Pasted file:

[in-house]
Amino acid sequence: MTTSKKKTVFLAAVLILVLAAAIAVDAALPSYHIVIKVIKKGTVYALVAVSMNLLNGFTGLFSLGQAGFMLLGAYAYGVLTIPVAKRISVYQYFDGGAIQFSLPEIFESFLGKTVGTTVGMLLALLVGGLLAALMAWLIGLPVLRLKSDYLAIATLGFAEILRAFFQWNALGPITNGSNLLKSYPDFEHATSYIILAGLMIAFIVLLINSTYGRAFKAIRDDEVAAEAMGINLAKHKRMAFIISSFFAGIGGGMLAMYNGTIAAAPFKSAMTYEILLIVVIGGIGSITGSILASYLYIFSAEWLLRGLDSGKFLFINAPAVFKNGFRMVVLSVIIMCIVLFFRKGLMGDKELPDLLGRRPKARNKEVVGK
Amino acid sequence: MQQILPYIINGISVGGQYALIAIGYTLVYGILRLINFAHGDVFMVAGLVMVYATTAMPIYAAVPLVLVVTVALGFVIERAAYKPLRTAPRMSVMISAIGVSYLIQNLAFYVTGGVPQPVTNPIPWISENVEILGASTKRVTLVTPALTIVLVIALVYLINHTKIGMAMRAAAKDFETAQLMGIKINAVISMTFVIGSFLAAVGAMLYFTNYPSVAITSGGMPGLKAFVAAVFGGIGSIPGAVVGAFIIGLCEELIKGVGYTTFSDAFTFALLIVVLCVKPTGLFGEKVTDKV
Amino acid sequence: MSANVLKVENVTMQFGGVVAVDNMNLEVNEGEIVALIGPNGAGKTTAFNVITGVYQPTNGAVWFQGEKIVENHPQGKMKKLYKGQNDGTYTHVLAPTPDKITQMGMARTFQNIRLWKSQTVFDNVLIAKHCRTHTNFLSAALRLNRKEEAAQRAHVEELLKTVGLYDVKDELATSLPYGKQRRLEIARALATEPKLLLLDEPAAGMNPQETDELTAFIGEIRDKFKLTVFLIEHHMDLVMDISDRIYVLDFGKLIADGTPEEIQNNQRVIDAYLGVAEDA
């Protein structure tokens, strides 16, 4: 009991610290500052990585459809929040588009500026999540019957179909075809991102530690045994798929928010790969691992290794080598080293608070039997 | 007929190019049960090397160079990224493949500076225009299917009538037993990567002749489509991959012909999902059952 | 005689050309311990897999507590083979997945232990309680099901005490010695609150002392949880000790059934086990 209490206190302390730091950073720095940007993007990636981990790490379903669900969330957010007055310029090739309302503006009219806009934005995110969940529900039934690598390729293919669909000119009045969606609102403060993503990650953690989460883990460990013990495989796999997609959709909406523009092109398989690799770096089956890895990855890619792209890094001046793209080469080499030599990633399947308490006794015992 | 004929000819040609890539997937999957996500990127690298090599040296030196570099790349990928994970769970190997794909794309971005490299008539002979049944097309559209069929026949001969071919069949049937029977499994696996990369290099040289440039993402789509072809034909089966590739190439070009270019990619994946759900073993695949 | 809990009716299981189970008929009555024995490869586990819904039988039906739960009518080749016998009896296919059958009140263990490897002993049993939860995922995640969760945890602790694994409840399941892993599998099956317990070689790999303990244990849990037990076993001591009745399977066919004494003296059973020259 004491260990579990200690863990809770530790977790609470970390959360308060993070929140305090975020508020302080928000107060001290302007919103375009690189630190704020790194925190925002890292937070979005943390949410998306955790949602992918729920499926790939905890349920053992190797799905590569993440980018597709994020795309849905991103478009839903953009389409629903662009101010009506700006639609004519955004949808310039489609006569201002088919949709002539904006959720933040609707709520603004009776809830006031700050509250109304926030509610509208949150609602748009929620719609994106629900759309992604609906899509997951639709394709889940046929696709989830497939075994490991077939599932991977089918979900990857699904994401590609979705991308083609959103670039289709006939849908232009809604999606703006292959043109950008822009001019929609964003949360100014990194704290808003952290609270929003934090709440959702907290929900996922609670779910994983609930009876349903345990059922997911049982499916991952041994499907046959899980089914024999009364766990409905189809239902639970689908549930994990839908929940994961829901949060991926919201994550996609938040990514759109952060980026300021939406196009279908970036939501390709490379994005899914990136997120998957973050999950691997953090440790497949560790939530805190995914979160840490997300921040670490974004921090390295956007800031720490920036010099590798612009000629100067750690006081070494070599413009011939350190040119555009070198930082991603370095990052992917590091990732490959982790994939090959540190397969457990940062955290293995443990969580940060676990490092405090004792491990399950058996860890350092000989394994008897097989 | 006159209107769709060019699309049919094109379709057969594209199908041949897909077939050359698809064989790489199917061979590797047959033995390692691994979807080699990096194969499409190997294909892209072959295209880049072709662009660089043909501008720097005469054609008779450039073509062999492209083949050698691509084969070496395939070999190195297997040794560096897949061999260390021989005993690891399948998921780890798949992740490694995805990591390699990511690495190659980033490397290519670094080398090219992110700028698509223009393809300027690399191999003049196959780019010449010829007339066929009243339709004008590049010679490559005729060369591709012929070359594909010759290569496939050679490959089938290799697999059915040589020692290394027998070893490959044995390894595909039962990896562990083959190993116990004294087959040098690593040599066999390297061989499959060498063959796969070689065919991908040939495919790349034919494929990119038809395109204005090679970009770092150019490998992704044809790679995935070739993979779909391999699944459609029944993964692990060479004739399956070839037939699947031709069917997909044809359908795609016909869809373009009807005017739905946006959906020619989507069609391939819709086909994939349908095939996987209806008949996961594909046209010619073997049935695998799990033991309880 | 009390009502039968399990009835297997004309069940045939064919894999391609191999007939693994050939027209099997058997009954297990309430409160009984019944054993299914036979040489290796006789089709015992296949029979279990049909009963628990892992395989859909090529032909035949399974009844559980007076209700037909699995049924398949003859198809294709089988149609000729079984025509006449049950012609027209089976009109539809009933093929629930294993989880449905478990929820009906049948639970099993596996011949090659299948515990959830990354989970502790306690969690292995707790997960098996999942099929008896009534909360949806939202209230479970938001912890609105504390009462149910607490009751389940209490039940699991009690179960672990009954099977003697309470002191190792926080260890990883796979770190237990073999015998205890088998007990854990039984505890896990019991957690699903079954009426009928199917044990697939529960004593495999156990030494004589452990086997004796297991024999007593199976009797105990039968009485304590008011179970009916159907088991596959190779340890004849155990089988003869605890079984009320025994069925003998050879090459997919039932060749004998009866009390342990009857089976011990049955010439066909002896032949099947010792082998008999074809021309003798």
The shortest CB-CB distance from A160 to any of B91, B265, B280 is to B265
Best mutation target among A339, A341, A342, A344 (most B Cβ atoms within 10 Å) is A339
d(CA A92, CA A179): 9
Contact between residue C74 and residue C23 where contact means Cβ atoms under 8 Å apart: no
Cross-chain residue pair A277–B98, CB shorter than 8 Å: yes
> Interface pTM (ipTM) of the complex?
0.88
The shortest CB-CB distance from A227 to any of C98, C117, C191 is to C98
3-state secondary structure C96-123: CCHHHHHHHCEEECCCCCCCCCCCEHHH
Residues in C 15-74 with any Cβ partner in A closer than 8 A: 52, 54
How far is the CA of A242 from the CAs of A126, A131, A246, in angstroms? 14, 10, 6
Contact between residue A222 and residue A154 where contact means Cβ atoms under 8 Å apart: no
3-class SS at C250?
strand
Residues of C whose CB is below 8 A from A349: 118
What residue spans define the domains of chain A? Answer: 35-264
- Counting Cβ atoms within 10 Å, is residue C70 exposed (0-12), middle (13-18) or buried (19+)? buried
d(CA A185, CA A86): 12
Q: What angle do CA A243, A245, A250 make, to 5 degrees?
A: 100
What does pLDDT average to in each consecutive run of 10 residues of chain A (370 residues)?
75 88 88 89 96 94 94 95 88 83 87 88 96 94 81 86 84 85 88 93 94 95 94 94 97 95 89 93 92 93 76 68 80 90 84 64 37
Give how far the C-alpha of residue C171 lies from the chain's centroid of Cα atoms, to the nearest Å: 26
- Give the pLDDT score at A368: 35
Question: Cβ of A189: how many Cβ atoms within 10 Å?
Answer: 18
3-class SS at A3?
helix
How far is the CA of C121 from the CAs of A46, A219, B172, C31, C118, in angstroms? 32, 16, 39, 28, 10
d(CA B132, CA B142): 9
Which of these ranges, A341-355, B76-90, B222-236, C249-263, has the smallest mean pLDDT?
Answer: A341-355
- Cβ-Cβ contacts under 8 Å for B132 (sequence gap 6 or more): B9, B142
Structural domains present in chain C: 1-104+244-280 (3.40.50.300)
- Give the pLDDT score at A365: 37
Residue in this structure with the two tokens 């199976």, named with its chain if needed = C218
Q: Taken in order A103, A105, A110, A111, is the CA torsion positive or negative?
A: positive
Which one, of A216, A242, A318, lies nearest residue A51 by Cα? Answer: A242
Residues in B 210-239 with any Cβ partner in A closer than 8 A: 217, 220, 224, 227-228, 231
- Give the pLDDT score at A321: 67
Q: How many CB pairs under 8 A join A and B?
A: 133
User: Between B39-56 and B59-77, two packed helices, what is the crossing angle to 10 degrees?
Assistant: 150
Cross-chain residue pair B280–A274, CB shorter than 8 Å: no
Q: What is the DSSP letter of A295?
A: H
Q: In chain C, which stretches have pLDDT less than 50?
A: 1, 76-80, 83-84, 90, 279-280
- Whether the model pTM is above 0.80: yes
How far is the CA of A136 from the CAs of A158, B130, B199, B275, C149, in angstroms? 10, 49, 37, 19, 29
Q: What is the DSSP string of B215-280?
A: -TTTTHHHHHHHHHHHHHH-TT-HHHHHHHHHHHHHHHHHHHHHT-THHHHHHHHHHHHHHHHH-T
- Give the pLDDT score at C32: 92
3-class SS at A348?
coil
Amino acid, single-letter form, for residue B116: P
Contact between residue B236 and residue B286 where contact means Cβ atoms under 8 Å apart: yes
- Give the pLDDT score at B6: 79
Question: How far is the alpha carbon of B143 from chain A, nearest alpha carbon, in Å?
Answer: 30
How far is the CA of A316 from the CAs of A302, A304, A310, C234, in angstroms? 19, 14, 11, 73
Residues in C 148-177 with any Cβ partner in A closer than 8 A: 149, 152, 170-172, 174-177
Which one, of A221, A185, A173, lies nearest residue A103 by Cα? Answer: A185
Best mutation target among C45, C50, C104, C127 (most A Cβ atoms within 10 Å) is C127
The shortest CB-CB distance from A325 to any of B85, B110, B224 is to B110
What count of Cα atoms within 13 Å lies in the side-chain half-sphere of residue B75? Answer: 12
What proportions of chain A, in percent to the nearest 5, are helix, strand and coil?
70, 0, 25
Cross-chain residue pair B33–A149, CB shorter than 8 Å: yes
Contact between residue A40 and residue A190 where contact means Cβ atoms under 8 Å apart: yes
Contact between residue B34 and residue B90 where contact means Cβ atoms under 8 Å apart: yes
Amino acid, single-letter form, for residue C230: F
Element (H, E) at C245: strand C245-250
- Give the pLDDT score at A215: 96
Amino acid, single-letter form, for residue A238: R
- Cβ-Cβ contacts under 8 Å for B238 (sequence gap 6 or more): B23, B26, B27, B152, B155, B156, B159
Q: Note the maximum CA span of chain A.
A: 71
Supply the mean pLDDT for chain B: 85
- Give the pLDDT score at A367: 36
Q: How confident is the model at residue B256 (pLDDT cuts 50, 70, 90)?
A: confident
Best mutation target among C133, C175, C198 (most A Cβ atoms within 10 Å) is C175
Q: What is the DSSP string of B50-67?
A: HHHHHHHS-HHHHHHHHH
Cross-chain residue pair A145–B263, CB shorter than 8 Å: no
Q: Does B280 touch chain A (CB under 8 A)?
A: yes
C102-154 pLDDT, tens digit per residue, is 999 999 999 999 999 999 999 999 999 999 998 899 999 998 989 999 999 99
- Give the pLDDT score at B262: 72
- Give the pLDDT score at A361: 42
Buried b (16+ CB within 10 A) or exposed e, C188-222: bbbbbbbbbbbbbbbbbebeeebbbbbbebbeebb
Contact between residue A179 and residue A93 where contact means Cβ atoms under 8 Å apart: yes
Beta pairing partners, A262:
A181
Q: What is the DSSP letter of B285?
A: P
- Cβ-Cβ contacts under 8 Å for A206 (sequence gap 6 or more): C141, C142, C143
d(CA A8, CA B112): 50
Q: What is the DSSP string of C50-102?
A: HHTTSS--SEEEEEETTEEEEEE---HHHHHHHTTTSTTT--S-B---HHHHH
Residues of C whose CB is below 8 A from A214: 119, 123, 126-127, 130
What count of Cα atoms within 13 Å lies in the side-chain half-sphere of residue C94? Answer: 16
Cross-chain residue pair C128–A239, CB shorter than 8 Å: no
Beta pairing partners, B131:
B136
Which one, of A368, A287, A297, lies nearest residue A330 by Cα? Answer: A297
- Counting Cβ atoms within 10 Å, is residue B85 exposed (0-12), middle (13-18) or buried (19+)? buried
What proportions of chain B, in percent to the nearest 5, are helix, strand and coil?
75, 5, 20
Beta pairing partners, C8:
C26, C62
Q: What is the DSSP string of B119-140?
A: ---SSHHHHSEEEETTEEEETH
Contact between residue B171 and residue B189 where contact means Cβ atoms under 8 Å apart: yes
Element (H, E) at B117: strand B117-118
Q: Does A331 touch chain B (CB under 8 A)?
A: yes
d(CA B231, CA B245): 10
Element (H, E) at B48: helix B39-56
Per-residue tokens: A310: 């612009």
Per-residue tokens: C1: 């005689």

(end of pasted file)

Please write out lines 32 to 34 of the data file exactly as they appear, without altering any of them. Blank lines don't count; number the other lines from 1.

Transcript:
3-class SS at A3?
helix
How far is the CA of C121 from the CAs of A46, A219, B172, C31, C118, in angstroms? 32, 16, 39, 28, 10